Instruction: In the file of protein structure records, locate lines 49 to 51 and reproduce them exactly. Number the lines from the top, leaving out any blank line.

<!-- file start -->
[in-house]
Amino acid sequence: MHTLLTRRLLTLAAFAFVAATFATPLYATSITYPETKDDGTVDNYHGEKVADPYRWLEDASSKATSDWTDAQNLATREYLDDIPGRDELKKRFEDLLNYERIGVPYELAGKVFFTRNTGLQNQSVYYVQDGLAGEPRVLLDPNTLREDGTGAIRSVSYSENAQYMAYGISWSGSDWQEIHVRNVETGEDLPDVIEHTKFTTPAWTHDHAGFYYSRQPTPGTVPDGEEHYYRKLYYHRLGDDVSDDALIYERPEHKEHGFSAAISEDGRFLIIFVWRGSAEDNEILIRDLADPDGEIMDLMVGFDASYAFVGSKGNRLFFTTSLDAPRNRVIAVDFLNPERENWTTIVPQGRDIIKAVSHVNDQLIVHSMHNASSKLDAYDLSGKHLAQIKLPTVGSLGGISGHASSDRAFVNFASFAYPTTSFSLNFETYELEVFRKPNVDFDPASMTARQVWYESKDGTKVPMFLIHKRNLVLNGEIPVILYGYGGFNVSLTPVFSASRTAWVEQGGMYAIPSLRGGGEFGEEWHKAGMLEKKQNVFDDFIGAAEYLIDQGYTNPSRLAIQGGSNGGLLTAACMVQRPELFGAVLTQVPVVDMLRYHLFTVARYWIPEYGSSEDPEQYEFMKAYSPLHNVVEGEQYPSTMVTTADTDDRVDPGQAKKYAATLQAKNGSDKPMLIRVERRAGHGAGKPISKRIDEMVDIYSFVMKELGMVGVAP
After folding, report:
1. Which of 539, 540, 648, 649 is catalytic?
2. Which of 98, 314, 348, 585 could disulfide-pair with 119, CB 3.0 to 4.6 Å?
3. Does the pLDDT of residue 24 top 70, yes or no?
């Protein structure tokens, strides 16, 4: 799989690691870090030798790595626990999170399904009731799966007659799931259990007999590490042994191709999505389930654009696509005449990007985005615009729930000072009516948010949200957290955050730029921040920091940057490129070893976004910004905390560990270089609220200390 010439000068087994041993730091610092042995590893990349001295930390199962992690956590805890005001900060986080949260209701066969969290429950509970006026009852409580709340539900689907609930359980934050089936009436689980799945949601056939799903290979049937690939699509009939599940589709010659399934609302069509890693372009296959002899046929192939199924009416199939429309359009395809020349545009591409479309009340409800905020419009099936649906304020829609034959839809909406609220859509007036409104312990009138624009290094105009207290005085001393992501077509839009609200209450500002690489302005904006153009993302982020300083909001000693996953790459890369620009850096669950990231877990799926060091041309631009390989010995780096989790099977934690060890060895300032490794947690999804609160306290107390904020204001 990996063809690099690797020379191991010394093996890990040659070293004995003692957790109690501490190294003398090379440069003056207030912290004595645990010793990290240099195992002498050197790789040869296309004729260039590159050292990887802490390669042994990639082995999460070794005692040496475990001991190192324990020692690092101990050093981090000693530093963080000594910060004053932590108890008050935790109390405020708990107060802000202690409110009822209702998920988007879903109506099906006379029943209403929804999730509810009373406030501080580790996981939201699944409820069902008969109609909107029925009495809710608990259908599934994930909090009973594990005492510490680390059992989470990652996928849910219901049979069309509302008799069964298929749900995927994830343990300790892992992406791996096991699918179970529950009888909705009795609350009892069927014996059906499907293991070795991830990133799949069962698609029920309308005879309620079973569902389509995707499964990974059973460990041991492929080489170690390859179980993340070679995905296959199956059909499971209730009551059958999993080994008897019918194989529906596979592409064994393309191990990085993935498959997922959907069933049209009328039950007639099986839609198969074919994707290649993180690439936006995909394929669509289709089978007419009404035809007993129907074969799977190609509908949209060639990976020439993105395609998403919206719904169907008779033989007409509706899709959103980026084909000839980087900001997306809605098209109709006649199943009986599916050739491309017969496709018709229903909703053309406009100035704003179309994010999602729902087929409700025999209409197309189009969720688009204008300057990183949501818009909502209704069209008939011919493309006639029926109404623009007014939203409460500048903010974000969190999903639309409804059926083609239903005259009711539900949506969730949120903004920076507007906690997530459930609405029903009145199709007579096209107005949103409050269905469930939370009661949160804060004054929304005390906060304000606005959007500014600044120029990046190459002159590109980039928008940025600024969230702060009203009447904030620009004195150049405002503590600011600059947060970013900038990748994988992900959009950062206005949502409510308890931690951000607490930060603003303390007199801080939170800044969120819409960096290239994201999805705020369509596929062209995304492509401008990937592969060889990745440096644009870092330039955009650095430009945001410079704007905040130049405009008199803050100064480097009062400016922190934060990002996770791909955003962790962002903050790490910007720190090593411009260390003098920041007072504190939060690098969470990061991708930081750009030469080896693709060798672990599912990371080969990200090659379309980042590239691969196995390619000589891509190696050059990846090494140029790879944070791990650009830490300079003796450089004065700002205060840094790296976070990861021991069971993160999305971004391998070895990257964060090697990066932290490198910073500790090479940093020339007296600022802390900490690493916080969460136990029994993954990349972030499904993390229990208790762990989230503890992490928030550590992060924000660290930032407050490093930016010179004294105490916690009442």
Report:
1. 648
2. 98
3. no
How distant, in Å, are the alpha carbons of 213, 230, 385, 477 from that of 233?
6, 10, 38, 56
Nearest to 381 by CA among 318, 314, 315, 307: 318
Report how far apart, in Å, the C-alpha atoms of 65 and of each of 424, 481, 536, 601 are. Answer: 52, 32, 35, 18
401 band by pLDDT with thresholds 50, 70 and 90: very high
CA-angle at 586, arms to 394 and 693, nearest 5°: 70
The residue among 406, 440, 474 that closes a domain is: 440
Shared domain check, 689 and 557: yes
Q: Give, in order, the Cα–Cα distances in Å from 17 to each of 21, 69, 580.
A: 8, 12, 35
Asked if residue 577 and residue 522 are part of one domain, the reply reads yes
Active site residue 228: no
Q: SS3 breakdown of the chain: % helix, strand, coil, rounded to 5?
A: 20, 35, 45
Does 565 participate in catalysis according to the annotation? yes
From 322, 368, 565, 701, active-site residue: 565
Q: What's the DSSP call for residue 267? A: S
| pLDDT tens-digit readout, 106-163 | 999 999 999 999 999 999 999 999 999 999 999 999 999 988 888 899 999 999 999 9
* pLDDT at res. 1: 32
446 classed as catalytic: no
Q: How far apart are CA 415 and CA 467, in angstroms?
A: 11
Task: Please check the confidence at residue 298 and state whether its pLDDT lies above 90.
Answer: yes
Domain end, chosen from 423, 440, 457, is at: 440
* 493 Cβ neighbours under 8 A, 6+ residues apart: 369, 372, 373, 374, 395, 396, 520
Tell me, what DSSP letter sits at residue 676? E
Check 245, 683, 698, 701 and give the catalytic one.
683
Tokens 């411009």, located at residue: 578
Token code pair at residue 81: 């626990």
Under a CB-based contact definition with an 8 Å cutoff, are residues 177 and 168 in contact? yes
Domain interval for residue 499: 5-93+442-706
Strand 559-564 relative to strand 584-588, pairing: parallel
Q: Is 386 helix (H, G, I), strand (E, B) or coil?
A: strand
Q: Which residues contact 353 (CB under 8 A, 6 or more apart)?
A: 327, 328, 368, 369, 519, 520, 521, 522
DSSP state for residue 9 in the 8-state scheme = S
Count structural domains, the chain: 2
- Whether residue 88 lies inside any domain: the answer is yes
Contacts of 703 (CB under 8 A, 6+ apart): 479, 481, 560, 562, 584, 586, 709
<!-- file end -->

A: 327, 328, 368, 369, 519, 520, 521, 522
DSSP state for residue 9 in the 8-state scheme = S
Count structural domains, the chain: 2